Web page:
Expect Labs Anticipates a Day when the Computer Is Always Listening

Today’s computers are like distracted middle-school students: you practically have to scream at them to get their attention. To tell a search engine you want a news article, you have to type a few words into the search on your phone or laptop. To tell Siri or Google Now that you need a map or a phone number, you have to hold down a button first.

But they’re just machines—why should we have to get their attention? Shouldn’t it be the other way around? Why aren’t our devices listening to us all the time, ready to respond the moment we need them?

Well, in fact, they’re starting to do this. Google’s new Moto X phone, which goes on sale this week, contains a low-power chip whose only job is to listen for the phrase “Okay Google Now,” which alerts the device to turn your next words into a command or a search query.

But that’s a small step—in a way, it just substitutes a trigger phrase for a button-push. Soon, your phone or laptop may be able to go much farther: tracking everything you say; searching for related personal data or Web resources; and showing the results to you proactively, just in case you’re interested.

At least, that’s the vision at Expect Labs. The San Francisco startup, which is backed by an array of high-profile investors like Samsung, Google Ventures, Telefonica, Intel, Liberty Global, IDG, and Greylock, is pushing a concept it calls “anticipatory computing”—and sooner or later, it’s likely to become part of everyone’s computing experience.

“In just a few years, the search engine on your phone is not going to be waiting around to be asked questions,” says founder and CEO Tim Tuttle. “You want it to pay attention continuously when something is happening in your life, so that it can anticipate your question before you pull your phone out of your pocket.”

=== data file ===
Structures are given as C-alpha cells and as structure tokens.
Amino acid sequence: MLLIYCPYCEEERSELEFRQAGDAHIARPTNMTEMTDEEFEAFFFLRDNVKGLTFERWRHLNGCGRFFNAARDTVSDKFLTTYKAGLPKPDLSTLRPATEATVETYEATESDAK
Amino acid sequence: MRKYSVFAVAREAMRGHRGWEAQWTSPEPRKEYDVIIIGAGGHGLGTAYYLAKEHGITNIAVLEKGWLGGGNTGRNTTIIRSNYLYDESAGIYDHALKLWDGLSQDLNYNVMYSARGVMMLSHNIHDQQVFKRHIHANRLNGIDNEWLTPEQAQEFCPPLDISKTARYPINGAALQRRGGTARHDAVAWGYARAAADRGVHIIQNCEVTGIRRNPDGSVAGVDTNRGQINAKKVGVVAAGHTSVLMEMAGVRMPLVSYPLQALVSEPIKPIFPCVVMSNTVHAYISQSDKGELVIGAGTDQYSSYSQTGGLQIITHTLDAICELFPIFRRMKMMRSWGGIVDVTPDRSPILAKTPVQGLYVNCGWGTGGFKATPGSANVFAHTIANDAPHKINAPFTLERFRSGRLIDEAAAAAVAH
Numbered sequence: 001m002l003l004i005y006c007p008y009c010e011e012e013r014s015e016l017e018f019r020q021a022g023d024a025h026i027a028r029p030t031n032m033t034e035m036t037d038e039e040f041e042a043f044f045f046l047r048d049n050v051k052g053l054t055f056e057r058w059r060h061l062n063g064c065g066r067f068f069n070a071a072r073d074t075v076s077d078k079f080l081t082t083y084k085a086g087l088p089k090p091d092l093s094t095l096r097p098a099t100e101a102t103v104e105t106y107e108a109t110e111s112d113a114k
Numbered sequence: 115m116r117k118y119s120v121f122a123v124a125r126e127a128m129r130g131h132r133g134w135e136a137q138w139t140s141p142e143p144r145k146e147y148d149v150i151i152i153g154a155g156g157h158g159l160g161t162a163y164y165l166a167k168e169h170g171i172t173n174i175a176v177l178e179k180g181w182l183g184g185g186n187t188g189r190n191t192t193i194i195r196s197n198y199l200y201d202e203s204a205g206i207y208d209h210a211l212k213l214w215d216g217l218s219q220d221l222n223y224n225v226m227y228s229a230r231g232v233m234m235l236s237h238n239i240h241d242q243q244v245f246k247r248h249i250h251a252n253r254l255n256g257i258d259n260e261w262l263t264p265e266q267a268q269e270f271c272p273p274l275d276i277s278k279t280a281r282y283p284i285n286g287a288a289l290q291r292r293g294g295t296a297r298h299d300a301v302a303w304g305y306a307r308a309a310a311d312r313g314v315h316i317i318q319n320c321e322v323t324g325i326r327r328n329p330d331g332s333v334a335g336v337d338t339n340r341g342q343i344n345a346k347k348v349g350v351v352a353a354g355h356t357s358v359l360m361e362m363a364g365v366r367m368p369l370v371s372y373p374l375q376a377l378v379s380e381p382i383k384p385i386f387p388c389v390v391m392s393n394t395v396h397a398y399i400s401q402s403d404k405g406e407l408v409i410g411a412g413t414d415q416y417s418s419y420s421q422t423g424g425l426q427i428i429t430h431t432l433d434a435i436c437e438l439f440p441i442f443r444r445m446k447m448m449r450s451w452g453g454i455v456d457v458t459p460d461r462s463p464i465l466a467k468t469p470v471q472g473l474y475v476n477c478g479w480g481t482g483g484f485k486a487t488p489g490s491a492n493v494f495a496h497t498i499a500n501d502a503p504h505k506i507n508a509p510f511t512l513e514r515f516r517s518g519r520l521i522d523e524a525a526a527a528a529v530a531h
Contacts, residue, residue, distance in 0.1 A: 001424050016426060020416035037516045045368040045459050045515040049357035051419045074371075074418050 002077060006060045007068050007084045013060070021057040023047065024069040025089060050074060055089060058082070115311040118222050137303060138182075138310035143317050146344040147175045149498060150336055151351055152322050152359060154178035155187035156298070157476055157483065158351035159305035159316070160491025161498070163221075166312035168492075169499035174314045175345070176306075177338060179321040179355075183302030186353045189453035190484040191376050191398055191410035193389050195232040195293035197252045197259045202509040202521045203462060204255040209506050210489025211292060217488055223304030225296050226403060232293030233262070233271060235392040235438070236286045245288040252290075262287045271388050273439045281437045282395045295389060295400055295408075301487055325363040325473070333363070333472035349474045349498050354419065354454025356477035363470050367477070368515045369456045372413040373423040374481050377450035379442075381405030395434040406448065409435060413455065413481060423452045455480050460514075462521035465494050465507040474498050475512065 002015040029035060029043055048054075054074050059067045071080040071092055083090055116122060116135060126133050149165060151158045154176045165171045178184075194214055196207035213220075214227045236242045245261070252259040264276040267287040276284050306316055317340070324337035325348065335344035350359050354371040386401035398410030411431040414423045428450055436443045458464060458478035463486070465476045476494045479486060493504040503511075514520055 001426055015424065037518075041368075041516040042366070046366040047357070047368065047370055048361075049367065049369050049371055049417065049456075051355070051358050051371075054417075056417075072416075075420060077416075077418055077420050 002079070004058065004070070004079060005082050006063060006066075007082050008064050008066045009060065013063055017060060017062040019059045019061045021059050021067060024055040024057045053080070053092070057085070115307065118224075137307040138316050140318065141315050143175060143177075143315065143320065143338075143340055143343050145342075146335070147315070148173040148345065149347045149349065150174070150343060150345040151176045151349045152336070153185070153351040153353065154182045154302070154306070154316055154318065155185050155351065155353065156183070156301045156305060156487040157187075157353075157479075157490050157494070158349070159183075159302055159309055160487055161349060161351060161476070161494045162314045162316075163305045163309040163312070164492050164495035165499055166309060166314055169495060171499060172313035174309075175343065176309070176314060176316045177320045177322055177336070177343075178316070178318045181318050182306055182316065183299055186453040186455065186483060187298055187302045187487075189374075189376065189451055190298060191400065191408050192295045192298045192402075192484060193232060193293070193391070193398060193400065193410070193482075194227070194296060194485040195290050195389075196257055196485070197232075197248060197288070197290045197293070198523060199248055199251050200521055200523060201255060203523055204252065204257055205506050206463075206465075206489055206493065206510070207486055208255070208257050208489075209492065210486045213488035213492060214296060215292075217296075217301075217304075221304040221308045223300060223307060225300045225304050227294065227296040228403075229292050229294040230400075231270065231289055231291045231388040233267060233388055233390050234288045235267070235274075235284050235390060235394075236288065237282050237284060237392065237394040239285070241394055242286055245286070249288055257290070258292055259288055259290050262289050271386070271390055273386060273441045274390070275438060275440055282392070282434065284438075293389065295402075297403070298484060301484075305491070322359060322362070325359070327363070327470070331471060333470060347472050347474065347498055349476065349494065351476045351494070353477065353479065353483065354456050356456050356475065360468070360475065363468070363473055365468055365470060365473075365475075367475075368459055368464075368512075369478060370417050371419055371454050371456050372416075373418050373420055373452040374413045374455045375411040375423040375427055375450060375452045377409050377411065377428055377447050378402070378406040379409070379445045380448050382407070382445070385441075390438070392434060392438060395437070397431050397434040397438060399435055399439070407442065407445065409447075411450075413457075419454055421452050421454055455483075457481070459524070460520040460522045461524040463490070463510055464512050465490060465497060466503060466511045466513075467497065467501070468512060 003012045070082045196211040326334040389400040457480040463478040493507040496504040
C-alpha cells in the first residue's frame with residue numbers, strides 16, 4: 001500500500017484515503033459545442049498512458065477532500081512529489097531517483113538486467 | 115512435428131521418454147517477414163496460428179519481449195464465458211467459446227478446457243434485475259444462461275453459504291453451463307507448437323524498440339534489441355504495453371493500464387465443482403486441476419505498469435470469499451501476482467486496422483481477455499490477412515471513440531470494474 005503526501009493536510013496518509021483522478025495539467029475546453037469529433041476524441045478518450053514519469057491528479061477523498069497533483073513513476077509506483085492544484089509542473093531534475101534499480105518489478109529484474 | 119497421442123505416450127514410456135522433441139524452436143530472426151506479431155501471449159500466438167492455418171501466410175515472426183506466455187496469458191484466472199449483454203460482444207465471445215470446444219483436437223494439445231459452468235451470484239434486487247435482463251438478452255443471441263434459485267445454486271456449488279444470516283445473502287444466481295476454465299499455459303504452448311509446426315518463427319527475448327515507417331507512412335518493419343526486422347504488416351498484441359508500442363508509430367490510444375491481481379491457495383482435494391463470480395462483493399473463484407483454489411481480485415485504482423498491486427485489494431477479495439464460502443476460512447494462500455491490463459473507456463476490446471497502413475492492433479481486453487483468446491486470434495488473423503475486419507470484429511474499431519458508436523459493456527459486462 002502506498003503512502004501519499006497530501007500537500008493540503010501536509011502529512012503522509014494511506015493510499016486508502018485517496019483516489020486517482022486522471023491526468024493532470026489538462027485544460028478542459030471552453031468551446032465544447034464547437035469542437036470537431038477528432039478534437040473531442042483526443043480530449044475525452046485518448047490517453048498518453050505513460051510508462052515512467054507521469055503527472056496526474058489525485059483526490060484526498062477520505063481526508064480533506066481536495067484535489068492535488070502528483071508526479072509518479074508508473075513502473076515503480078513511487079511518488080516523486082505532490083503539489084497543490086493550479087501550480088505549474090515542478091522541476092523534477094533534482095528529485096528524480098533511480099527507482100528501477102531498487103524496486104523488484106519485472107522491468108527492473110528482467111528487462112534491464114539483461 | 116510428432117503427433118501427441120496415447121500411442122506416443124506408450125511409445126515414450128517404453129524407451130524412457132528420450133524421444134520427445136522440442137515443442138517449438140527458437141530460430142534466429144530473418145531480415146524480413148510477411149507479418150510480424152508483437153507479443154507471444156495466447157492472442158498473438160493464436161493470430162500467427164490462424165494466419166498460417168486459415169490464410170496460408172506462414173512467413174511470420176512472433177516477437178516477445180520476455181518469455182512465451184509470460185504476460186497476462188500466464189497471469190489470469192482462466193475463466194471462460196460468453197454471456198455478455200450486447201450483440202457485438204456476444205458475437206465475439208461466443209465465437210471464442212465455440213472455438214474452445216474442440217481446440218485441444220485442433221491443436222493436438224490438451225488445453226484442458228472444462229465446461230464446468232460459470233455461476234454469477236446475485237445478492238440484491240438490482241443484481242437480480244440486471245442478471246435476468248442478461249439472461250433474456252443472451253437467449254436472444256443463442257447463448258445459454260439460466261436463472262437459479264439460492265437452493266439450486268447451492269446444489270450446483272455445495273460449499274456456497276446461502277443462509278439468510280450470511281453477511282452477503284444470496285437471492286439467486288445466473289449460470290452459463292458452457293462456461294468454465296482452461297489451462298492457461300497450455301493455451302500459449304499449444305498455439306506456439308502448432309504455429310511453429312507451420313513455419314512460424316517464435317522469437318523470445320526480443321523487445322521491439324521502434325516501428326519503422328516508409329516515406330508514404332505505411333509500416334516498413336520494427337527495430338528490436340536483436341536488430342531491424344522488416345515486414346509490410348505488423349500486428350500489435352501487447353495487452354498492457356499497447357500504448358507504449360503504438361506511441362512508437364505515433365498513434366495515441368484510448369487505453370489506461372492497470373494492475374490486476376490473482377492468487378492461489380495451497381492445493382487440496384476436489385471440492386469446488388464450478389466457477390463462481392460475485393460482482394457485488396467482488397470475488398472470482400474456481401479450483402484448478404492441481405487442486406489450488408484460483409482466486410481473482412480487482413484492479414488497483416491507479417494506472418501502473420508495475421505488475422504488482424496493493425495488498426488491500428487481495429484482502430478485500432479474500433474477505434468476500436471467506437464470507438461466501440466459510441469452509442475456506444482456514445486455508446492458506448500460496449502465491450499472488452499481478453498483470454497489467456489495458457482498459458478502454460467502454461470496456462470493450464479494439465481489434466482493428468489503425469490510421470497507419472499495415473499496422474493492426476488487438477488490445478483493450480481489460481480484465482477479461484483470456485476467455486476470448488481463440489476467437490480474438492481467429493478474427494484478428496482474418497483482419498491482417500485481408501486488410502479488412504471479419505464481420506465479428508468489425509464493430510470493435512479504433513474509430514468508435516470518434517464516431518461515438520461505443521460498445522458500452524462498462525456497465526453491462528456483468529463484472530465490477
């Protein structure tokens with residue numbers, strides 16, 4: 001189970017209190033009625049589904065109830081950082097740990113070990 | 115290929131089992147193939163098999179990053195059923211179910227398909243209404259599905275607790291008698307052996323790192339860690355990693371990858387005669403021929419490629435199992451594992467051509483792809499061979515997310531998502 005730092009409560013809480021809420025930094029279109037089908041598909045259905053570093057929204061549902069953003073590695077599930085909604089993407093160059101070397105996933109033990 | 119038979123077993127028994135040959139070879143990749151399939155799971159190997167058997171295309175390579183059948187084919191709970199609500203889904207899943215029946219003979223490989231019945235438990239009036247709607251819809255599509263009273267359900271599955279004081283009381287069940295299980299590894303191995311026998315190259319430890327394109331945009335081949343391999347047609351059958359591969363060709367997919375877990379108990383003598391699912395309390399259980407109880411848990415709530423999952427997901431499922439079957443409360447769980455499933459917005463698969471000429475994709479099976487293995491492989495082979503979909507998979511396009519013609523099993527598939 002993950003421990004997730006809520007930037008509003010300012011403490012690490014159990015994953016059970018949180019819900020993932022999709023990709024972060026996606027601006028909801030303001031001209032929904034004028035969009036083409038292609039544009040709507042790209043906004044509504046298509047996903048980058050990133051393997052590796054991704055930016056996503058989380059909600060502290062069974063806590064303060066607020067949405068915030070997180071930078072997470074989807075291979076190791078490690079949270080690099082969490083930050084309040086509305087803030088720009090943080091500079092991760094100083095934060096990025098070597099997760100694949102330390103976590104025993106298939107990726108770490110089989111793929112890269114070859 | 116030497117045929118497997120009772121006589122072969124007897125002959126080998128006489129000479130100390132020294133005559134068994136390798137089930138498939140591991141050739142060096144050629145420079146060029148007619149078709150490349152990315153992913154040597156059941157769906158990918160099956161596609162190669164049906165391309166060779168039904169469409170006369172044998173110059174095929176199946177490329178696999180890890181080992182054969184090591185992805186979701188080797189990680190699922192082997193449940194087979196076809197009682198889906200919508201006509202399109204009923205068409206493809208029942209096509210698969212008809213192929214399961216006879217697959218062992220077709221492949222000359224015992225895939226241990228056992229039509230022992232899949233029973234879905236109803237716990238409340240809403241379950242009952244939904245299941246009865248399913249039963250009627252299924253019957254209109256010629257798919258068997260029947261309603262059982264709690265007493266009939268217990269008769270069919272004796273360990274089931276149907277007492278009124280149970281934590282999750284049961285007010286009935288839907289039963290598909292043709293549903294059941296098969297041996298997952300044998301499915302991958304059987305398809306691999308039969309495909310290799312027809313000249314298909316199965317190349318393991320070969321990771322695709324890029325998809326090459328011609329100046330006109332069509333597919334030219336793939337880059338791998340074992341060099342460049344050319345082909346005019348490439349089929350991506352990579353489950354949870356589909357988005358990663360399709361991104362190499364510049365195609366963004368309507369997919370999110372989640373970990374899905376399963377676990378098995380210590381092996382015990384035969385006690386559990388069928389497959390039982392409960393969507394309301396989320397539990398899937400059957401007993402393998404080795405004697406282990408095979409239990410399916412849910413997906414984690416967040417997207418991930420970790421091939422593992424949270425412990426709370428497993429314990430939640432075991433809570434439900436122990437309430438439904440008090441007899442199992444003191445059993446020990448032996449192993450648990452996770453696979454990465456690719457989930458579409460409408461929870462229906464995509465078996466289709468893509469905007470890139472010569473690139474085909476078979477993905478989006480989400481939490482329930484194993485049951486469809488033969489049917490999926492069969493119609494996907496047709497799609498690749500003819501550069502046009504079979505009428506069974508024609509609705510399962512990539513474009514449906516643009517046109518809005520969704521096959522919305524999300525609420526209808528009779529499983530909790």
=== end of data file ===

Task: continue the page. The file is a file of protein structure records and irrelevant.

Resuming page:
Set aside, if you can, the fact that the National Security Agency may also want to pay attention continuously—and that a world where computers can anticipate our every need would, in effect, be a world of total electronic surveillance. That’s a privacy tradeoff that each individual consumer will have to consider carefully, in light of this summer’s revelations about the startling scope of the federal government’s eavesdropping programs.

Expect Labs' MindMeld app shows results relating to a conversation about restaurants in San Francisco.

Expect Labs’ MindMeld app shows results relating to a conversation about restaurants in San Francisco.

The thing you really need to understand about Tuttle and his crew at Expect Labs, who aim to release a showcase mobile app called MindMeld this fall, is that they don’t care so much about whether their software can answer questions or respond to commands, the way “virtual personal assistants” like Siri or Google Now can. Those tasks come down to speech recognition, semantics, and grammar. Most of the computing cycles involved go toward figuring out what the user meant and responding appropriately, not developing a bigger picture of the user’s context.